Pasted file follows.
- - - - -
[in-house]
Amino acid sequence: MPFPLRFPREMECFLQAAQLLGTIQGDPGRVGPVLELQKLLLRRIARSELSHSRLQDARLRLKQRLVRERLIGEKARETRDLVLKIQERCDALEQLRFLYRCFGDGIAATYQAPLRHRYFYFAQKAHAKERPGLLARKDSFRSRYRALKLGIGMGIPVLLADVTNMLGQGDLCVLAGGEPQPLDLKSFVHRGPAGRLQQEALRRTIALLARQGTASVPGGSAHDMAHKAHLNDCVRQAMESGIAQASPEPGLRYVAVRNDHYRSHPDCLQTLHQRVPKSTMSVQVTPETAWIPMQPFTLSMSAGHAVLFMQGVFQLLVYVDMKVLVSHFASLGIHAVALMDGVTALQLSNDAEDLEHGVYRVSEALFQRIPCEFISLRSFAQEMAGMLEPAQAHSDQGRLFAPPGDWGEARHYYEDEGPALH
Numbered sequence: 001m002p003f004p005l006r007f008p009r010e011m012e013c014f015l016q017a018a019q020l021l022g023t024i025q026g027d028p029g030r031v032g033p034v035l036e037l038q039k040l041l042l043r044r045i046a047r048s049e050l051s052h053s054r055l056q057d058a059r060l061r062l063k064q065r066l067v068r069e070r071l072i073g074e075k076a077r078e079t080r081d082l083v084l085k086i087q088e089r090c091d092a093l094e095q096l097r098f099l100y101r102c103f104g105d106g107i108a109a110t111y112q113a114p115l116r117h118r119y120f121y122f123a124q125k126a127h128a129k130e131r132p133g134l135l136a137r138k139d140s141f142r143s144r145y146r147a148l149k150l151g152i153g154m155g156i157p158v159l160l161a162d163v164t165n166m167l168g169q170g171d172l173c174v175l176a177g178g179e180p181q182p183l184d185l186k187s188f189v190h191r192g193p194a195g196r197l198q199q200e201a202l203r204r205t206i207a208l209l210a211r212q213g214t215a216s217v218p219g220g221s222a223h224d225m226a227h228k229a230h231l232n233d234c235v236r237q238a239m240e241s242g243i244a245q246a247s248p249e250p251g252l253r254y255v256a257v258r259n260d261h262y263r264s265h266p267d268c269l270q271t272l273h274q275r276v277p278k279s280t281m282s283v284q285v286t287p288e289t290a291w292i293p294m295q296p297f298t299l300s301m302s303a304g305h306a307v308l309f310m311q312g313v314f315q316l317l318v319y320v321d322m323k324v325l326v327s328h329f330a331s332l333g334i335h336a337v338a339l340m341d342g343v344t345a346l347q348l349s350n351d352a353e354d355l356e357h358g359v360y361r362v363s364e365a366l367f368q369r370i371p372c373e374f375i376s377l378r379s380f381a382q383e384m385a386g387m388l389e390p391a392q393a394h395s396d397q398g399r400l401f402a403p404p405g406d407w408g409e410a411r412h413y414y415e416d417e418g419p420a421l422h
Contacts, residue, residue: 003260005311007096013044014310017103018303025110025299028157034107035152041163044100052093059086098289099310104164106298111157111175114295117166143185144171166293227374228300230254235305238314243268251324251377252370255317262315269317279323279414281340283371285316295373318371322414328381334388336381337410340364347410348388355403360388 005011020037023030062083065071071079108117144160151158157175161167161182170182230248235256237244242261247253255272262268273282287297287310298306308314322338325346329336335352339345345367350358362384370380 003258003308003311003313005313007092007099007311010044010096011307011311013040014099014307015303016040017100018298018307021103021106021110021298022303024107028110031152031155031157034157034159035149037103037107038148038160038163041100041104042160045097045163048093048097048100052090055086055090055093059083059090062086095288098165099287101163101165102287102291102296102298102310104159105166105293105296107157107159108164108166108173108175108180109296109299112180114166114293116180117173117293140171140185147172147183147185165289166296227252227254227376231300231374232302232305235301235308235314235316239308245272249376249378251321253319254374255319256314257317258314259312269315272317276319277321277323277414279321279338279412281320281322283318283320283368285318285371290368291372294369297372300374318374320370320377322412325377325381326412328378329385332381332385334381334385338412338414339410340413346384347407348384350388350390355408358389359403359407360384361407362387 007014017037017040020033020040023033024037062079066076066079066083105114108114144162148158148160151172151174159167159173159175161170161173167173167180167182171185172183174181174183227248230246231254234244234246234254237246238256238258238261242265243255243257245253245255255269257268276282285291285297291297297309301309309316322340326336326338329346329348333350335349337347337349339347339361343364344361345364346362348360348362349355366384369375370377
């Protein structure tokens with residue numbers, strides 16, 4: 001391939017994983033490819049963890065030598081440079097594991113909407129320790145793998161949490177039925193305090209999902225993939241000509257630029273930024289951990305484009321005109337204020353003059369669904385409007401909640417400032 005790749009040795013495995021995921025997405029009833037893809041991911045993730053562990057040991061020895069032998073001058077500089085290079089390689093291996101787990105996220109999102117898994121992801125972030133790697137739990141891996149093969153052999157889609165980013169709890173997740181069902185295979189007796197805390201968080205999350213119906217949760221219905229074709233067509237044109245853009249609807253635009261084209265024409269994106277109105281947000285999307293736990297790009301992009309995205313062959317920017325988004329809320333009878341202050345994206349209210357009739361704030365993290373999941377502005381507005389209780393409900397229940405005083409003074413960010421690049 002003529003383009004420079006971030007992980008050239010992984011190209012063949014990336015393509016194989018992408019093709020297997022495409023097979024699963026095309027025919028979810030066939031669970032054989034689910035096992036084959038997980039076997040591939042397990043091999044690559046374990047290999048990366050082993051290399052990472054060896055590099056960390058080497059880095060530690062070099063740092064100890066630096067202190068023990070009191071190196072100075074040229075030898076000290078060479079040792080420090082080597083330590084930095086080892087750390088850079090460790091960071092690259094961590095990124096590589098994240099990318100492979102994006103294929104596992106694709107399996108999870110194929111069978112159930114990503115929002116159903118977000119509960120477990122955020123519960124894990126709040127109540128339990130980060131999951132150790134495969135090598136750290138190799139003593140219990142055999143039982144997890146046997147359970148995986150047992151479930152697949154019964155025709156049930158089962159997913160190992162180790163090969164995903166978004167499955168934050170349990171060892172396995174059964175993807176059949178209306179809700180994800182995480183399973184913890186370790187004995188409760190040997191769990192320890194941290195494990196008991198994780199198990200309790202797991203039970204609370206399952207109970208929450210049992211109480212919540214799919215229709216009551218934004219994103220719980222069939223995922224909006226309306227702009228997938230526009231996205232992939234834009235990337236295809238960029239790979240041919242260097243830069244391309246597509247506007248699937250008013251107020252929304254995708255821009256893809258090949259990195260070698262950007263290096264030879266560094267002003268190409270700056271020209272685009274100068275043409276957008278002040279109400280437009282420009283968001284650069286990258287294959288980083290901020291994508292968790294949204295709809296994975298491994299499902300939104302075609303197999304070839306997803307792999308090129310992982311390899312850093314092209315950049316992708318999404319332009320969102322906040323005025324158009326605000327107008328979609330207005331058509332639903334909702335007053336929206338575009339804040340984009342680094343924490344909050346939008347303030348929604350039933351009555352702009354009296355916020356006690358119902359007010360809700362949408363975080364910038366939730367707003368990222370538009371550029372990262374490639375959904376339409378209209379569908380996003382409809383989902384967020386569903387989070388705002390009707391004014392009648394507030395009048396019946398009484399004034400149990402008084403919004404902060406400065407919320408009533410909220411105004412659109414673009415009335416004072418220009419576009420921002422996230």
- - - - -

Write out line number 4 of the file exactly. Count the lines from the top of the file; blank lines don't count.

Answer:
Contacts, residue, residue: 003260005311007096013044014310017103018303025110025299028157034107035152041163044100052093059086098289099310104164106298111157111175114295117166143185144171166293227374228300230254235305238314243268251324251377252370255317262315269317279323279414281340283371285316295373318371322414328381334388336381337410340364347410348388355403360388 005011020037023030062083065071071079108117144160151158157175161167161182170182230248235256237244242261247253255272262268273282287297287310298306308314322338325346329336335352339345345367350358362384370380 003258003308003311003313005313007092007099007311010044010096011307011311013040014099014307015303016040017100018298018307021103021106021110021298022303024107028110031152031155031157034157034159035149037103037107038148038160038163041100041104042160045097045163048093048097048100052090055086055090055093059083059090062086095288098165099287101163101165102287102291102296102298102310104159105166105293105296107157107159108164108166108173108175108180109296109299112180114166114293116180117173117293140171140185147172147183147185165289166296227252227254227376231300231374232302232305235301235308235314235316239308245272249376249378251321253319254374255319256314257317258314259312269315272317276319277321277323277414279321279338279412281320281322283318283320283368285318285371290368291372294369297372300374318374320370320377322412325377325381326412328378329385332381332385334381334385338412338414339410340413346384347407348384350388350390355408358389359403359407360384361407362387 007014017037017040020033020040023033024037062079066076066079066083105114108114144162148158148160151172151174159167159173159175161170161173167173167180167182171185172183174181174183227248230246231254234244234246234254237246238256238258238261242265243255243257245253245255255269257268276282285291285297291297297309301309309316322340326336326338329346329348333350335349337347337349339347339361343364344361345364346362348360348362349355366384369375370377